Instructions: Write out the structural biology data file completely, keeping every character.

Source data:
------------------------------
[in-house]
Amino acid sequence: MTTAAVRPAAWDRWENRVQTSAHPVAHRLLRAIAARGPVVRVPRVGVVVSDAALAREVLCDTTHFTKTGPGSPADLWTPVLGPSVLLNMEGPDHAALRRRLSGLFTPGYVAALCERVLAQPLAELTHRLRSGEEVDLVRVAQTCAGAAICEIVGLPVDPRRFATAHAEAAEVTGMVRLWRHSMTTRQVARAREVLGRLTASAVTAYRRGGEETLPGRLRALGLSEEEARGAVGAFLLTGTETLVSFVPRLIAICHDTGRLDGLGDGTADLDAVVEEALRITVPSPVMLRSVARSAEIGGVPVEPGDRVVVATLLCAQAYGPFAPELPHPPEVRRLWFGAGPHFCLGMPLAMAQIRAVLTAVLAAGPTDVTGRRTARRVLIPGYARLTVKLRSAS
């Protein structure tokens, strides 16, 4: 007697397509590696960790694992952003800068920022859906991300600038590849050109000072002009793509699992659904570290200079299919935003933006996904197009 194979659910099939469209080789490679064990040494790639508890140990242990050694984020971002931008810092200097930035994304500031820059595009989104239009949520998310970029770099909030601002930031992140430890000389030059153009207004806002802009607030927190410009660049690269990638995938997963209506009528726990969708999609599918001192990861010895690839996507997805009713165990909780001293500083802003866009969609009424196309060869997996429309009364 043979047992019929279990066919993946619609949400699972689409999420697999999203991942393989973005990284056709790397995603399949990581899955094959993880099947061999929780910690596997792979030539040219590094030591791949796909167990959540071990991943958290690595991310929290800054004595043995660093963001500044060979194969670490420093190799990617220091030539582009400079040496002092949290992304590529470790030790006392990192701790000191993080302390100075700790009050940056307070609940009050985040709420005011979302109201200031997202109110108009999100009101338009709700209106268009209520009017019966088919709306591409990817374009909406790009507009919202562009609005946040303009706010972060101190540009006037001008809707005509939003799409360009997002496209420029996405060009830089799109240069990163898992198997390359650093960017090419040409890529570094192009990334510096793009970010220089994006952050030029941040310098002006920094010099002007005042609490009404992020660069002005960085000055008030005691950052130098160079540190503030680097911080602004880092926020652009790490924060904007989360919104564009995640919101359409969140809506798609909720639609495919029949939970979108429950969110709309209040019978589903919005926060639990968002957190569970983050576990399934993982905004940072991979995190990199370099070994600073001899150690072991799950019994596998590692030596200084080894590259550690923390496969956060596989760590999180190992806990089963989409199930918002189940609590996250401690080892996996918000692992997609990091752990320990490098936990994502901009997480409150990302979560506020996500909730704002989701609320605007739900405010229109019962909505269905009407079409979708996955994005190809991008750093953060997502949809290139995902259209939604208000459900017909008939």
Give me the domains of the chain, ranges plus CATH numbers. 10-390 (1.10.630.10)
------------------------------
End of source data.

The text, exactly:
[in-house]
Amino acid sequence: MTTAAVRPAAWDRWENRVQTSAHPVAHRLLRAIAARGPVVRVPRVGVVVSDAALAREVLCDTTHFTKTGPGSPADLWTPVLGPSVLLNMEGPDHAALRRRLSGLFTPGYVAALCERVLAQPLAELTHRLRSGEEVDLVRVAQTCAGAAICEIVGLPVDPRRFATAHAEAAEVTGMVRLWRHSMTTRQVARAREVLGRLTASAVTAYRRGGEETLPGRLRALGLSEEEARGAVGAFLLTGTETLVSFVPRLIAICHDTGRLDGLGDGTADLDAVVEEALRITVPSPVMLRSVARSAEIGGVPVEPGDRVVVATLLCAQAYGPFAPELPHPPEVRRLWFGAGPHFCLGMPLAMAQIRAVLTAVLAAGPTDVTGRRTARRVLIPGYARLTVKLRSAS
């Protein structure tokens, strides 16, 4: 007697397509590696960790694992952003800068920022859906991300600038590849050109000072002009793509699992659904570290200079299919935003933006996904197009 194979659910099939469209080789490679064990040494790639508890140990242990050694984020971002931008810092200097930035994304500031820059595009989104239009949520998310970029770099909030601002930031992140430890000389030059153009207004806002802009607030927190410009660049690269990638995938997963209506009528726990969708999609599918001192990861010895690839996507997805009713165990909780001293500083802003866009969609009424196309060869997996429309009364 043979047992019929279990066919993946619609949400699972689409999420697999999203991942393989973005990284056709790397995603399949990581899955094959993880099947061999929780910690596997792979030539040219590094030591791949796909167990959540071990991943958290690595991310929290800054004595043995660093963001500044060979194969670490420093190799990617220091030539582009400079040496002092949290992304590529470790030790006392990192701790000191993080302390100075700790009050940056307070609940009050985040709420005011979302109201200031997202109110108009999100009101338009709700209106268009209520009017019966088919709306591409990817374009909406790009507009919202562009609005946040303009706010972060101190540009006037001008809707005509939003799409360009997002496209420029996405060009830089799109240069990163898992198997390359650093960017090419040409890529570094192009990334510096793009970010220089994006952050030029941040310098002006920094010099002007005042609490009404992020660069002005960085000055008030005691950052130098160079540190503030680097911080602004880092926020652009790490924060904007989360919104564009995640919101359409969140809506798609909720639609495919029949939970979108429950969110709309209040019978589903919005926060639990968002957190569970983050576990399934993982905004940072991979995190990199370099070994600073001899150690072991799950019994596998590692030596200084080894590259550690923390496969956060596989760590999180190992806990089963989409199930918002189940609590996250401690080892996996918000692992997609990091752990320990490098936990994502901009997480409150990302979560506020996500909730704002989701609320605007739900405010229109019962909505269905009407079409979708996955994005190809991008750093953060997502949809290139995902259209939604208000459900017909008939």
Give me the domains of the chain, ranges plus CATH numbers. 10-390 (1.10.630.10)